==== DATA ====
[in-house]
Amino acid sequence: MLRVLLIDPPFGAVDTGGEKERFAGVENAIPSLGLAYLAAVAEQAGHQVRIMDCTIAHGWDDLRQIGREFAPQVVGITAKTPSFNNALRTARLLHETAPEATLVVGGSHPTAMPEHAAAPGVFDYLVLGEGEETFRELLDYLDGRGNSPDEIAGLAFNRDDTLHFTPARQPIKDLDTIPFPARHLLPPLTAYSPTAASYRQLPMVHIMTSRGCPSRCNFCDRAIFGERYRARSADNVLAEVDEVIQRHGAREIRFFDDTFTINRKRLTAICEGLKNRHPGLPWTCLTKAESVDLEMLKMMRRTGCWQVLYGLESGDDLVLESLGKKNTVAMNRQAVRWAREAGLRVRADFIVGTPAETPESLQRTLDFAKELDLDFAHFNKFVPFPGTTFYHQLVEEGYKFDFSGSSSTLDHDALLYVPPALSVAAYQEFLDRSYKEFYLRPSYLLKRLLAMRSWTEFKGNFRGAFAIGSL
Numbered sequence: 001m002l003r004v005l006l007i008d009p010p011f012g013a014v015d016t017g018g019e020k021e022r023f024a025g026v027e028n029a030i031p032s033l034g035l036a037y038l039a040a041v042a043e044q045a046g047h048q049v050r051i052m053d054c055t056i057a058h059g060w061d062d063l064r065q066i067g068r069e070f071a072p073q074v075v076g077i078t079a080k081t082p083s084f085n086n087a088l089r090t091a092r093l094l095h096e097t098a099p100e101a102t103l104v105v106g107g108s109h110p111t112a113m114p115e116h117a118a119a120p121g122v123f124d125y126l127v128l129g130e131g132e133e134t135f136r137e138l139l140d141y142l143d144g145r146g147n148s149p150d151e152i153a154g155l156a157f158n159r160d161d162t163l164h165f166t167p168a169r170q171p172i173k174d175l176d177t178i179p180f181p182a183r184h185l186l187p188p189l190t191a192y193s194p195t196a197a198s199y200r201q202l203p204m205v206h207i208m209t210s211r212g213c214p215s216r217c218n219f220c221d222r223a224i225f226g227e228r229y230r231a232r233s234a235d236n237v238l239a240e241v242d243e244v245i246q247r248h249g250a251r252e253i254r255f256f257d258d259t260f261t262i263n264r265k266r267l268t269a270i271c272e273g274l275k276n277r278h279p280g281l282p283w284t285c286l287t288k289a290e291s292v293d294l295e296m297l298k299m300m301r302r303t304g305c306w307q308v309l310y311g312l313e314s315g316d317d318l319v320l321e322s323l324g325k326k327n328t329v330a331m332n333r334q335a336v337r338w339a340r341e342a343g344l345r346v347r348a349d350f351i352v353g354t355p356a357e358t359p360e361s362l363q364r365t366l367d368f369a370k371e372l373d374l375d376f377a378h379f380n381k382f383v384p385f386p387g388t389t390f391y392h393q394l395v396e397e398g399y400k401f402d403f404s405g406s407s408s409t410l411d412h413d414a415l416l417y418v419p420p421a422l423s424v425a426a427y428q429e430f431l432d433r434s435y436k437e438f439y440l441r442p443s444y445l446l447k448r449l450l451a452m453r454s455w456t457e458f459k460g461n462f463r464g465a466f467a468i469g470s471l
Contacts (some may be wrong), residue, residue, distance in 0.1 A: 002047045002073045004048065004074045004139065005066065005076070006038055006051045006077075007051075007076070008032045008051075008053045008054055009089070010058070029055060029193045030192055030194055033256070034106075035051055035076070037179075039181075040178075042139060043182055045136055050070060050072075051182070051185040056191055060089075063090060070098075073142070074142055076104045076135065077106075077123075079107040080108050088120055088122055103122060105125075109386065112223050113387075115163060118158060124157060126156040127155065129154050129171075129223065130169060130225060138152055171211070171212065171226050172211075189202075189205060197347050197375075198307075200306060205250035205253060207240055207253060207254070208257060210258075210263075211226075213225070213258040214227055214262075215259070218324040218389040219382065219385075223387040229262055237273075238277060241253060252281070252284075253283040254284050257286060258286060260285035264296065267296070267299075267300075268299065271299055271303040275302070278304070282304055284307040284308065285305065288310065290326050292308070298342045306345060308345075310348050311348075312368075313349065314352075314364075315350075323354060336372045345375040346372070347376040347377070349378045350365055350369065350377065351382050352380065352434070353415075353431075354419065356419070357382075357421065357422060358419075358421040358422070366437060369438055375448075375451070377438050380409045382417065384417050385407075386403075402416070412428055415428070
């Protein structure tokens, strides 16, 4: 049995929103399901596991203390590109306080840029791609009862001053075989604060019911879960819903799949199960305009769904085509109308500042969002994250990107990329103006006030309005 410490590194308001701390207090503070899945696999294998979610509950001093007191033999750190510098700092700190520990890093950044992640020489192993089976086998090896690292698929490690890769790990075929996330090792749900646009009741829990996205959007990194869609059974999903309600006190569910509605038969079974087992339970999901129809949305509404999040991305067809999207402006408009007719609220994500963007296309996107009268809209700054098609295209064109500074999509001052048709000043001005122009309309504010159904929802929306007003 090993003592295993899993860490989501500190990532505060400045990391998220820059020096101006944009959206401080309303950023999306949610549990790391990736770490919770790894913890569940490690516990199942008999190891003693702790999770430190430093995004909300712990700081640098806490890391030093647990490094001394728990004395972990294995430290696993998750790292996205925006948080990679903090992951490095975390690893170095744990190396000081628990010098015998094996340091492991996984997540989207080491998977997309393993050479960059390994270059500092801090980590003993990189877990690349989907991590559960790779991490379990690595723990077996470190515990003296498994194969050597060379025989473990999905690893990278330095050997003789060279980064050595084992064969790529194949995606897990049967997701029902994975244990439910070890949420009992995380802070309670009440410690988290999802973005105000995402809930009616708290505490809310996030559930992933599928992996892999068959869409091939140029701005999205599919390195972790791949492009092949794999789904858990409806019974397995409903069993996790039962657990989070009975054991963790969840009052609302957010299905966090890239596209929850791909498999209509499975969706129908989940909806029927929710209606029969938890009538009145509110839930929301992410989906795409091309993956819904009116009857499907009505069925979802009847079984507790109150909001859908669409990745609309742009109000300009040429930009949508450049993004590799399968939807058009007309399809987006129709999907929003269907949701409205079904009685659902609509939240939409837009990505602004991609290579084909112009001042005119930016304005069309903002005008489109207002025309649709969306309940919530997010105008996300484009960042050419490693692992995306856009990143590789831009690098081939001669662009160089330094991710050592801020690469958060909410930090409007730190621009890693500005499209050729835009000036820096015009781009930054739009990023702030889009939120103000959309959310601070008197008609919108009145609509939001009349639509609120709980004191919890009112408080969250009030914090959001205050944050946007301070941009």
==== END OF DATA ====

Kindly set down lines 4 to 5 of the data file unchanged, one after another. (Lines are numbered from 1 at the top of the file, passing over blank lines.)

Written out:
Contacts (some may be wrong), residue, residue, distance in 0.1 A: 002047045002073045004048065004074045004139065005066065005076070006038055006051045006077075007051075007076070008032045008051075008053045008054055009089070010058070029055060029193045030192055030194055033256070034106075035051055035076070037179075039181075040178075042139060043182055045136055050070060050072075051182070051185040056191055060089075063090060070098075073142070074142055076104045076135065077106075077123075079107040080108050088120055088122055103122060105125075109386065112223050113387075115163060118158060124157060126156040127155065129154050129171075129223065130169060130225060138152055171211070171212065171226050172211075189202075189205060197347050197375075198307075200306060205250035205253060207240055207253060207254070208257060210258075210263075211226075213225070213258040214227055214262075215259070218324040218389040219382065219385075223387040229262055237273075238277060241253060252281070252284075253283040254284050257286060258286060260285035264296065267296070267299075267300075268299065271299055271303040275302070278304070282304055284307040284308065285305065288310065290326050292308070298342045306345060308345075310348050311348075312368075313349065314352075314364075315350075323354060336372045345375040346372070347376040347377070349378045350365055350369065350377065351382050352380065352434070353415075353431075354419065356419070357382075357421065357422060358419075358421040358422070366437060369438055375448075375451070377438050380409045382417065384417050385407075386403075402416070412428055415428070
């Protein structure tokens, strides 16, 4: 049995929103399901596991203390590109306080840029791609009862001053075989604060019911879960819903799949199960305009769904085509109308500042969002994250990107990329103006006030309005 410490590194308001701390207090503070899945696999294998979610509950001093007191033999750190510098700092700190520990890093950044992640020489192993089976086998090896690292698929490690890769790990075929996330090792749900646009009741829990996205959007990194869609059974999903309600006190569910509605038969079974087992339970999901129809949305509404999040991305067809999207402006408009007719609220994500963007296309996107009268809209700054098609295209064109500074999509001052048709000043001005122009309309504010159904929802929306007003 090993003592295993899993860490989501500190990532505060400045990391998220820059020096101006944009959206401080309303950023999306949610549990790391990736770490919770790894913890569940490690516990199942008999190891003693702790999770430190430093995004909300712990700081640098806490890391030093647990490094001394728990004395972990294995430290696993998750790292996205925006948080990679903090992951490095975390690893170095744990190396000081628990010098015998094996340091492991996984997540989207080491998977997309393993050479960059390994270059500092801090980590003993990189877990690349989907991590559960790779991490379990690595723990077996470190515990003296498994194969050597060379025989473990999905690893990278330095050997003789060279980064050595084992064969790529194949995606897990049967997701029902994975244990439910070890949420009992995380802070309670009440410690988290999802973005105000995402809930009616708290505490809310996030559930992933599928992996892999068959869409091939140029701005999205599919390195972790791949492009092949794999789904858990409806019974397995409903069993996790039962657990989070009975054991963790969840009052609302957010299905966090890239596209929850791909498999209509499975969706129908989940909806029927929710209606029969938890009538009145509110839930929301992410989906795409091309993956819904009116009857499907009505069925979802009847079984507790109150909001859908669409990745609309742009109000300009040429930009949508450049993004590799399968939807058009007309399809987006129709999907929003269907949701409205079904009685659902609509939240939409837009990505602004991609290579084909112009001042005119930016304005069309903002005008489109207002025309649709969306309940919530997010105008996300484009960042050419490693692992995306856009990143590789831009690098081939001669662009160089330094991710050592801020690469958060909410930090409007730190621009890693500005499209050729835009000036820096015009781009930054739009990023702030889009939120103000959309959310601070008197008609919108009145609509939001009349639509609120709980004191919890009112408080969250009030914090959001205050944050946007301070941009």